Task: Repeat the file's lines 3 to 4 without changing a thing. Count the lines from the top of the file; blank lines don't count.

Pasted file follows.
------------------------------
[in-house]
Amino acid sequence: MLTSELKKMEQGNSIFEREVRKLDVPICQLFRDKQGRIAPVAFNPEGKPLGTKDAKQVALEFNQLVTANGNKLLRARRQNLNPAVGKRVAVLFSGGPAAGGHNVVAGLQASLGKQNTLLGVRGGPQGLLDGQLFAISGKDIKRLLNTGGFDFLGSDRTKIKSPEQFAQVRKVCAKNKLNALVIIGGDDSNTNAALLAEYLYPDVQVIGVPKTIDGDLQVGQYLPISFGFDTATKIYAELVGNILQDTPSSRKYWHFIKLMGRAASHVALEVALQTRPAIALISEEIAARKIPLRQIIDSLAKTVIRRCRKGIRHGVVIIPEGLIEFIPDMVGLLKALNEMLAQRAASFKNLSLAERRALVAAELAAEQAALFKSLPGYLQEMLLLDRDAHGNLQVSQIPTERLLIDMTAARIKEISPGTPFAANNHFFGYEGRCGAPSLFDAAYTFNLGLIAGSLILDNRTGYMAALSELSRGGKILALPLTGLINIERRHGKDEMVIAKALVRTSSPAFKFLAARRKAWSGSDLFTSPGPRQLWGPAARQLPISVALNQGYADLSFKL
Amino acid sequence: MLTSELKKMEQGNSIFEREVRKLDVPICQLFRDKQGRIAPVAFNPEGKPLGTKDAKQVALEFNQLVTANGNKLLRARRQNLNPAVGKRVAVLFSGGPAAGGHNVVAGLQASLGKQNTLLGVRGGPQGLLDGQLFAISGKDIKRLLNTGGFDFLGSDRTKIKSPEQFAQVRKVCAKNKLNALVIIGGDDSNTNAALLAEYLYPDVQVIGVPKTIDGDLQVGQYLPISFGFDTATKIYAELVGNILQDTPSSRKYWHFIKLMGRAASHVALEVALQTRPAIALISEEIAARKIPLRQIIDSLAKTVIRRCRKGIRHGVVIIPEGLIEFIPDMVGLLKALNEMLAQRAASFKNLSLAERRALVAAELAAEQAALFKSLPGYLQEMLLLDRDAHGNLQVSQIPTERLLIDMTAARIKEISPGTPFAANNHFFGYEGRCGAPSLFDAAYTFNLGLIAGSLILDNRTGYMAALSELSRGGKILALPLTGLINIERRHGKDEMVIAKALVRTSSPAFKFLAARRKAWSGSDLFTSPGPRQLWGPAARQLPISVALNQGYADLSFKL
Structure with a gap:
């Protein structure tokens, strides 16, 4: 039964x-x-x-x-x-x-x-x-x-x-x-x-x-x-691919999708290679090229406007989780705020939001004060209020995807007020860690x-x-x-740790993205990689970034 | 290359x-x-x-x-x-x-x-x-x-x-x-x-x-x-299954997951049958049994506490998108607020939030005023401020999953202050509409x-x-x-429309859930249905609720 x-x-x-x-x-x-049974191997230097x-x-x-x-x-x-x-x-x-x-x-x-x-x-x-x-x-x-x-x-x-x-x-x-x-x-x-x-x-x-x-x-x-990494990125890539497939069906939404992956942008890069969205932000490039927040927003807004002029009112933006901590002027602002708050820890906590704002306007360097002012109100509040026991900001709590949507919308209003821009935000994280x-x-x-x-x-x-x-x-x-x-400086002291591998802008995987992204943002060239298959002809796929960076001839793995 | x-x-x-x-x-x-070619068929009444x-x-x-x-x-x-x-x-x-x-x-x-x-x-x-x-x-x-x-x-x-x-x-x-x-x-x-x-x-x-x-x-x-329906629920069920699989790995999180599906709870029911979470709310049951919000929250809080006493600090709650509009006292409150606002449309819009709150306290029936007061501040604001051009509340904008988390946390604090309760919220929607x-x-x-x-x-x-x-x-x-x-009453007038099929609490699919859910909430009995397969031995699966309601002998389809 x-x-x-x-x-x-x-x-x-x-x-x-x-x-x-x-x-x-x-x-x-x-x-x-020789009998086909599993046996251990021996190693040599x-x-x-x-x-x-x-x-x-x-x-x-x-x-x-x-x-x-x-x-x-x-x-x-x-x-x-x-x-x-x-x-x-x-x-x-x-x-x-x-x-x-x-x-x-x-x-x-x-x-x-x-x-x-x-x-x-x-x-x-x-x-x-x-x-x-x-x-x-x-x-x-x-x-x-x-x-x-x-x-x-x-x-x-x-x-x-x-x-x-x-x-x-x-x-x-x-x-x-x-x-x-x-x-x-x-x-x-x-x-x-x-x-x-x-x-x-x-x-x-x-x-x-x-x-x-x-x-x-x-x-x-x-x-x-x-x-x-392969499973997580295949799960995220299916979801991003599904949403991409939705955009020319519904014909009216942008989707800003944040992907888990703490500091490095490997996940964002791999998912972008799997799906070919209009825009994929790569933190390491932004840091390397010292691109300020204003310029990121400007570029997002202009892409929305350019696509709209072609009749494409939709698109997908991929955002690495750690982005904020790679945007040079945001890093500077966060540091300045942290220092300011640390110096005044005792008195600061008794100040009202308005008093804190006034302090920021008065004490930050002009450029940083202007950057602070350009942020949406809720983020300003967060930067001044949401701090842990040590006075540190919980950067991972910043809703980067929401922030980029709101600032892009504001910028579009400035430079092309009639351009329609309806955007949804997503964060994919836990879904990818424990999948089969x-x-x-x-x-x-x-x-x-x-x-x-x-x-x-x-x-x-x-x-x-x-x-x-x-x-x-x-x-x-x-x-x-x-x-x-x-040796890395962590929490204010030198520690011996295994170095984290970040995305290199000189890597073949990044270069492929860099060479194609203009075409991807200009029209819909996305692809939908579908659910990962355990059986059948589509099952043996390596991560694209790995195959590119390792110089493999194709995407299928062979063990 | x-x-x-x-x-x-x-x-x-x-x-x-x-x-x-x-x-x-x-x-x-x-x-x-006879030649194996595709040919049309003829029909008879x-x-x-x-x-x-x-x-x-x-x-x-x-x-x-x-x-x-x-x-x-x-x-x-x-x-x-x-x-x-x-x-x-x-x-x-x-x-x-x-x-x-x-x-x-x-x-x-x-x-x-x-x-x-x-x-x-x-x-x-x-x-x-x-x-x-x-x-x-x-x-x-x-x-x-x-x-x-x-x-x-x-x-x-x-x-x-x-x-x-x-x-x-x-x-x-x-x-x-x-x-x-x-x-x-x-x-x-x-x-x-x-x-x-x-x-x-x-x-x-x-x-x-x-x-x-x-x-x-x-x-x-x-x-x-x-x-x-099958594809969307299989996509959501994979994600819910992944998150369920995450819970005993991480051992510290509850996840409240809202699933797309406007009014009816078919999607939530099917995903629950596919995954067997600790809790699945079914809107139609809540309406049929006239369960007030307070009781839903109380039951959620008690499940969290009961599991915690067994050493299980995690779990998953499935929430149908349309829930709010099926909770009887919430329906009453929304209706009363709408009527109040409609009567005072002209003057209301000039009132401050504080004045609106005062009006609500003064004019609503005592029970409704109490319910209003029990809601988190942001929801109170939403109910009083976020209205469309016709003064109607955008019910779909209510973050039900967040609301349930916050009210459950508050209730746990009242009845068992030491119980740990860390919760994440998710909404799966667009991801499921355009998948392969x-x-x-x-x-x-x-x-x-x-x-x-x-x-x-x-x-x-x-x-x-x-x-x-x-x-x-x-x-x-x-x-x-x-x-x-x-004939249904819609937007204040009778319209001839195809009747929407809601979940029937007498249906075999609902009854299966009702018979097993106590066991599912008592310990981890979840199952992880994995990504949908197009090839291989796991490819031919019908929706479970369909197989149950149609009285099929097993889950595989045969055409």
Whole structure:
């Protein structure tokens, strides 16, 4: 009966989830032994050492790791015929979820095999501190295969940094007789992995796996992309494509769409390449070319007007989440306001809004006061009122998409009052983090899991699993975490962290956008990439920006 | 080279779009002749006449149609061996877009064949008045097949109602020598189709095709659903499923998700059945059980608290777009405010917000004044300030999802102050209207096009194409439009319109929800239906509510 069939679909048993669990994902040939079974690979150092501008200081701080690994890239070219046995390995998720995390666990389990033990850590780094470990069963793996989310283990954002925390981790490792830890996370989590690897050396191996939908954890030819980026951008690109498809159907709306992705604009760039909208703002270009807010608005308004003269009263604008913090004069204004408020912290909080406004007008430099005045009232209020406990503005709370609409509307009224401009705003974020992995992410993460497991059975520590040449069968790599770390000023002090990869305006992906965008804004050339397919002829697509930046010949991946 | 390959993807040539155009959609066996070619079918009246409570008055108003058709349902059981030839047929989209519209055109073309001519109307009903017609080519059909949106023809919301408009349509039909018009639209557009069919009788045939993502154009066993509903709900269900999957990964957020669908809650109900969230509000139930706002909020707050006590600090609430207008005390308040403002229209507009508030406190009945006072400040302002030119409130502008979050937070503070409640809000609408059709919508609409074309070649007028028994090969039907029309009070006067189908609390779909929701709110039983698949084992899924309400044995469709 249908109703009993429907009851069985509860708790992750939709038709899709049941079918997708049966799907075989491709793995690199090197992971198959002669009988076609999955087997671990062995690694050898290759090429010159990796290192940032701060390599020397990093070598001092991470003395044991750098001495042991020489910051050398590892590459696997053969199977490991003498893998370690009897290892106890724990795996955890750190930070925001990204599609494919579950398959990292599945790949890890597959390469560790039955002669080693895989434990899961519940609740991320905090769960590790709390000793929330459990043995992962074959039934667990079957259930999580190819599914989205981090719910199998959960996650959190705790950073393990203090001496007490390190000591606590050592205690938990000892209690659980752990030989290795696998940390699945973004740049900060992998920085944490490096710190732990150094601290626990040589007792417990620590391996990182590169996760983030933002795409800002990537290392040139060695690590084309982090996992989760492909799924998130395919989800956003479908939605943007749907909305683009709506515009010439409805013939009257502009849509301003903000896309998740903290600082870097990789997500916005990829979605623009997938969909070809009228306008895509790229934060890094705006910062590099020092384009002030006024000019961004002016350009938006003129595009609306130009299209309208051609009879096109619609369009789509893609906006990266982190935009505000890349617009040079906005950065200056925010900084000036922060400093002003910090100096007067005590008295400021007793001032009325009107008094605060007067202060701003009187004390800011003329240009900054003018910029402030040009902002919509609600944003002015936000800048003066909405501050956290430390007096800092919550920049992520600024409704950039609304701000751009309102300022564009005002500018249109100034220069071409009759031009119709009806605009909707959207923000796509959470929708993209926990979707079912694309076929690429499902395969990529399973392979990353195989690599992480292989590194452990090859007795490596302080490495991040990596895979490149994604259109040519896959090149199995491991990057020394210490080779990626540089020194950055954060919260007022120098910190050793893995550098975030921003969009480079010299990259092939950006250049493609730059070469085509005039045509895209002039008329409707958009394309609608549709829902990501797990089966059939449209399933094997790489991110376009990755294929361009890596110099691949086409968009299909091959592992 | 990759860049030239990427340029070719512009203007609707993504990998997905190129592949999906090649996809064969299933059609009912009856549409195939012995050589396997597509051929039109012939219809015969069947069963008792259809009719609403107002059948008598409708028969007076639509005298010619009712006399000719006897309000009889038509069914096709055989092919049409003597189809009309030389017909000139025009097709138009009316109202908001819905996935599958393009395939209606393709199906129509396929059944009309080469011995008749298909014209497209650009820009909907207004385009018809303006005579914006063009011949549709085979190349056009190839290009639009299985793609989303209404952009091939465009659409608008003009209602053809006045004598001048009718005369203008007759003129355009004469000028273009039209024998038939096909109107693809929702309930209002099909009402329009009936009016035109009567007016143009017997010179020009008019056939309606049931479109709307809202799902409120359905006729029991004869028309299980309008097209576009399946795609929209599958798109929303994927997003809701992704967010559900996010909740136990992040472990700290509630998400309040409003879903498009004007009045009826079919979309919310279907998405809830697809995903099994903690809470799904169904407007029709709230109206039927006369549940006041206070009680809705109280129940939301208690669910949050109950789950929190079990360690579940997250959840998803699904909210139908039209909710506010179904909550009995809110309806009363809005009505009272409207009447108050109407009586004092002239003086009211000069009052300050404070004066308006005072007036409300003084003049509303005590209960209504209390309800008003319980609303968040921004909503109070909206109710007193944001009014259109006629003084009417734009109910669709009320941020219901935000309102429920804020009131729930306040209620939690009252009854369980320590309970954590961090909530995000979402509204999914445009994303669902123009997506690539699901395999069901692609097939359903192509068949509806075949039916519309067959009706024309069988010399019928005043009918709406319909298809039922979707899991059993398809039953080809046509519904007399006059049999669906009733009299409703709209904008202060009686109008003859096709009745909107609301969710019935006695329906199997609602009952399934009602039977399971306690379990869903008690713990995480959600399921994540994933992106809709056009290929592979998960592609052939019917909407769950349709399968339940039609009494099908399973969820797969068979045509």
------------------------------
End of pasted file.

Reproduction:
Amino acid sequence: MLTSELKKMEQGNSIFEREVRKLDVPICQLFRDKQGRIAPVAFNPEGKPLGTKDAKQVALEFNQLVTANGNKLLRARRQNLNPAVGKRVAVLFSGGPAAGGHNVVAGLQASLGKQNTLLGVRGGPQGLLDGQLFAISGKDIKRLLNTGGFDFLGSDRTKIKSPEQFAQVRKVCAKNKLNALVIIGGDDSNTNAALLAEYLYPDVQVIGVPKTIDGDLQVGQYLPISFGFDTATKIYAELVGNILQDTPSSRKYWHFIKLMGRAASHVALEVALQTRPAIALISEEIAARKIPLRQIIDSLAKTVIRRCRKGIRHGVVIIPEGLIEFIPDMVGLLKALNEMLAQRAASFKNLSLAERRALVAAELAAEQAALFKSLPGYLQEMLLLDRDAHGNLQVSQIPTERLLIDMTAARIKEISPGTPFAANNHFFGYEGRCGAPSLFDAAYTFNLGLIAGSLILDNRTGYMAALSELSRGGKILALPLTGLINIERRHGKDEMVIAKALVRTSSPAFKFLAARRKAWSGSDLFTSPGPRQLWGPAARQLPISVALNQGYADLSFKL
Structure with a gap: